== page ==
It's named after an octopus trap — and that's not all that's unusual about this reversible heart condition. It occurs almost exclusively in women.
Years of gender-based research have shown that in matters of the heart, sex differences abound. One striking example is the temporary heart condition known as takotsubo cardiomyopathy, first described in 1990 in Japan. More than 90% of reported cases are in women ages 58 to 75. Research suggests that up to 5% of women evaluated for a heart attack actually have this disorder, which has only recently been reported in the United States and may go largely unrecognized. Fortunately, most people recover rapidly with no long-term heart damage.
Features of takotsubo cardiomyopathy
What is it?
Takotsubo cardiomyopathy is a weakening of the left ventricle, the heart's main pumping chamber, usually as the result of severe emotional or physical stress, such as a sudden illness, the loss of a loved one, a serious accident, or a natural disaster such as an earthquake. (For additional examples, see "Stressors associated with takotsubo cardiomyopathy.") That's why the condition is also called stress-induced cardiomyopathy, or broken-heart syndrome. The main symptoms are chest pain and shortness of breath.
Stressors associated with takotsubo cardiomyopathy*
*Not an exhaustive list.
Sources: Prasad A, et al. American Heart Journal (2008), Vol. 155, No. 3, pp. 408–17; others.
The precise cause isn't known, but experts think that surging stress hormones (for example, adrenaline) essentially "stun" the heart, triggering changes in heart muscle cells or coronary blood vessels (or both) that prevent the left ventricle from contracting effectively. Researchers suspect that older women are more vulnerable because of reduced levels of estrogen after menopause. In studies with rats whose ovaries had been removed, the ones given estrogen while under stress had less left-ventricle dysfunction and higher levels of certain heart-protective substances.
Takotsubo symptoms are indistinguishable from those of a heart attack. And an electrocardiogram (ECG) may show abnormalities similar to those found in some heart attacks — in particular, changes known as ST-segment elevation. Consequently, imaging studies and other measures are needed to rule out a heart attack. To get a definitive diagnosis, clinicians look for the following:
- No evidence on an angiogram of blockages in the coronary arteries — the most common cause of heart attacks.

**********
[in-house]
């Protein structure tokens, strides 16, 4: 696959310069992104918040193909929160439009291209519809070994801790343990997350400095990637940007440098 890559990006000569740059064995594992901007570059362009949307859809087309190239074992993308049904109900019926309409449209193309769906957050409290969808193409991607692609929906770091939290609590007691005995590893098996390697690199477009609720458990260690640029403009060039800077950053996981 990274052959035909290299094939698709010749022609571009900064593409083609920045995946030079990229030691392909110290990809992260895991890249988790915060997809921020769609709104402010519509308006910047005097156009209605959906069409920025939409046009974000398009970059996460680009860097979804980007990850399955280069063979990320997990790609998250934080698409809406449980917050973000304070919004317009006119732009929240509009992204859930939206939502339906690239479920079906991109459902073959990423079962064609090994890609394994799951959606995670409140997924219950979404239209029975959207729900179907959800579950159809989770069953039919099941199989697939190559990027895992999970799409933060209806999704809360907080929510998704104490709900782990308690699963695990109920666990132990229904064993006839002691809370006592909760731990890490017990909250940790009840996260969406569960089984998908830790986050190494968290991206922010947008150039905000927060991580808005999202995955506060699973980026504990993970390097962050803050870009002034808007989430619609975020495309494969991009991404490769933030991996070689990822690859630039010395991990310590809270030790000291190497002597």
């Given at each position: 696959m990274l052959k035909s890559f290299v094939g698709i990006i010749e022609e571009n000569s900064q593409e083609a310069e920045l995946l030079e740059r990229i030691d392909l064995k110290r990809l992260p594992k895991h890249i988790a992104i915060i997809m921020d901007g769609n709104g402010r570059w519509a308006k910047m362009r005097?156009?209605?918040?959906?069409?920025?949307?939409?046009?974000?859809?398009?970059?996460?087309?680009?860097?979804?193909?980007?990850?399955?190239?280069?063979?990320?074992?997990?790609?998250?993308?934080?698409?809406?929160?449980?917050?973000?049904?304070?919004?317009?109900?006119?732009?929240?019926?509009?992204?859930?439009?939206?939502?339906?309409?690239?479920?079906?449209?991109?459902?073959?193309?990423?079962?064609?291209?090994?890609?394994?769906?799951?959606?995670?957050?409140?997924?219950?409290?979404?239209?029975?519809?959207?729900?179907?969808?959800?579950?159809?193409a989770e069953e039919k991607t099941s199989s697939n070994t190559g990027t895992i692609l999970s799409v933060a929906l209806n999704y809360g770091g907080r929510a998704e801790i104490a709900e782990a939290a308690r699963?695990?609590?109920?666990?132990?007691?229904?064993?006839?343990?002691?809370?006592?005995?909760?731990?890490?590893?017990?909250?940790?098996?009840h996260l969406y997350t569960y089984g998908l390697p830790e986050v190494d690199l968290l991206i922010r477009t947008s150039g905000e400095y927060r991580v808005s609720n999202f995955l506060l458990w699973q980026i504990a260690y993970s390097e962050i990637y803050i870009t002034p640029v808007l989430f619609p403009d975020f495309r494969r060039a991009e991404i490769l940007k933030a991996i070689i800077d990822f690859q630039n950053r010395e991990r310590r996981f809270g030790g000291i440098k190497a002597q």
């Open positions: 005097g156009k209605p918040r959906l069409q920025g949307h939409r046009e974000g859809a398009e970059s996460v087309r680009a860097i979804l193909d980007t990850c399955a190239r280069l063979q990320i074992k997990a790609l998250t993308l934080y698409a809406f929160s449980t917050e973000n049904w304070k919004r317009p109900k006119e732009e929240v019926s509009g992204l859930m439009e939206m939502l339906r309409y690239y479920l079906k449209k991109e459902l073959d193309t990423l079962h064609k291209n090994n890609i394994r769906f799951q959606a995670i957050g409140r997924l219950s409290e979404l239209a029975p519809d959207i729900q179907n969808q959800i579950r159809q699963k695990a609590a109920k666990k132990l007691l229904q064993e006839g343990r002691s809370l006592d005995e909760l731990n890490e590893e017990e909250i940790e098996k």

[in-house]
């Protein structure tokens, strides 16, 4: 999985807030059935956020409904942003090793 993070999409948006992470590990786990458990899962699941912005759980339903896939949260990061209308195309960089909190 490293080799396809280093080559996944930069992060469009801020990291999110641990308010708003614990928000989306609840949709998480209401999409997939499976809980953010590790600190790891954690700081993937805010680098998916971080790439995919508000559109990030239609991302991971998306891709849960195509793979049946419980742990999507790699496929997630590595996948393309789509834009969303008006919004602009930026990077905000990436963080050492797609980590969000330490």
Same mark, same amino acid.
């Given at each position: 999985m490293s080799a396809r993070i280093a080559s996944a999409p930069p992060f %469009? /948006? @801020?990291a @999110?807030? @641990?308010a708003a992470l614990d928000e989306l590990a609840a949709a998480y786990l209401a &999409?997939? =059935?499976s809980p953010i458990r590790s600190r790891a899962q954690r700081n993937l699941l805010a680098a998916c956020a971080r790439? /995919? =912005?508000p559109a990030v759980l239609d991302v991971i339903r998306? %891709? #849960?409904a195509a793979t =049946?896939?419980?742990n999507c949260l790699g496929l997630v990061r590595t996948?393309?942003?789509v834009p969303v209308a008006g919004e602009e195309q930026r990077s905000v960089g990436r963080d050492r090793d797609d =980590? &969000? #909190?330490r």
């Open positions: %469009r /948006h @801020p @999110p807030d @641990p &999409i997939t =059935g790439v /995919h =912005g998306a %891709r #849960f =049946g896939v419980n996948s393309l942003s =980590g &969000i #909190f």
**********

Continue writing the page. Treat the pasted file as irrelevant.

- A rapid but small rise in cardiac biomarkers (substances released into the blood when the heart is damaged). In a heart attack, cardiac biomarkers take longer to rise but peak higher.
- An echocardiogram (ultrasound image) or other imaging technique that shows abnormal movements in the walls of the left ventricle. The most common abnormality in takotsubo cardiomyopathy — the one that gives the disorder its name — is ballooning of the lower part of the left ventricle (apex). During contraction (systole), this bulging ventricle resembles a tako-tsubo, a pot used by Japanese fishermen to trap octopuses. Another term for the disorder is apical ballooning syndrome. (See "Apical ballooning and the tako-tsubo.")
Apical ballooning and the tako-tsubo
An x-ray of the left ventricle (A) shows apical ballooning, a reversible abnormality characteristic of takotsubo cardiomyopathy. During systole (cardiac contraction) the midsection and tip (apex) of the left ventricle balloon out, while the area above, called the base, contracts normally. The shape is similar to that of a tako-tsubo (), a round-bottomed, narrow-necked vessel used to catch octopuses.
Photos reprinted with permission from Bilal Saeed, M.D., University of Toledo Medical Center, Toledo, Ohio (A), and Satoshi Kurisu, M.D., Hiroshima City Hospital, Hiroshima, Japan (B).
Takotsubo Cardiomyopathy Treatment
There are no evidence-based guidelines for treating takotsubo cardiomyopathy. Clinicians usually recommend standard heart failure medications such as beta blockers, ACE inhibitors, and diuretics (water pills). They may give aspirin to patients who also have atherosclerosis (plaque buildup in the arterial walls). Although there's little evidence on long-term therapy, beta blockers (or combined alpha and beta blockers) may be continued indefinitely to help prevent recurrence by reducing the effects of adrenaline and other stress hormones. It's also important to alleviate any physical or emotional stress that may have played a role in triggering the disorder.
Most of the abnormalities in systolic function and ventricle wall movement clear up in one to four weeks, and most patients recover fully within two months. Death is rare, but heart failure occurs in about 20% of patients. It's treated with diuretics, agents that improve heart muscle contraction, and other therapies. Rarely reported complications include arrhythmias (abnormal heart rhythms), obstruction of blood flow from the left ventricle, and rupture of the ventricle wall.
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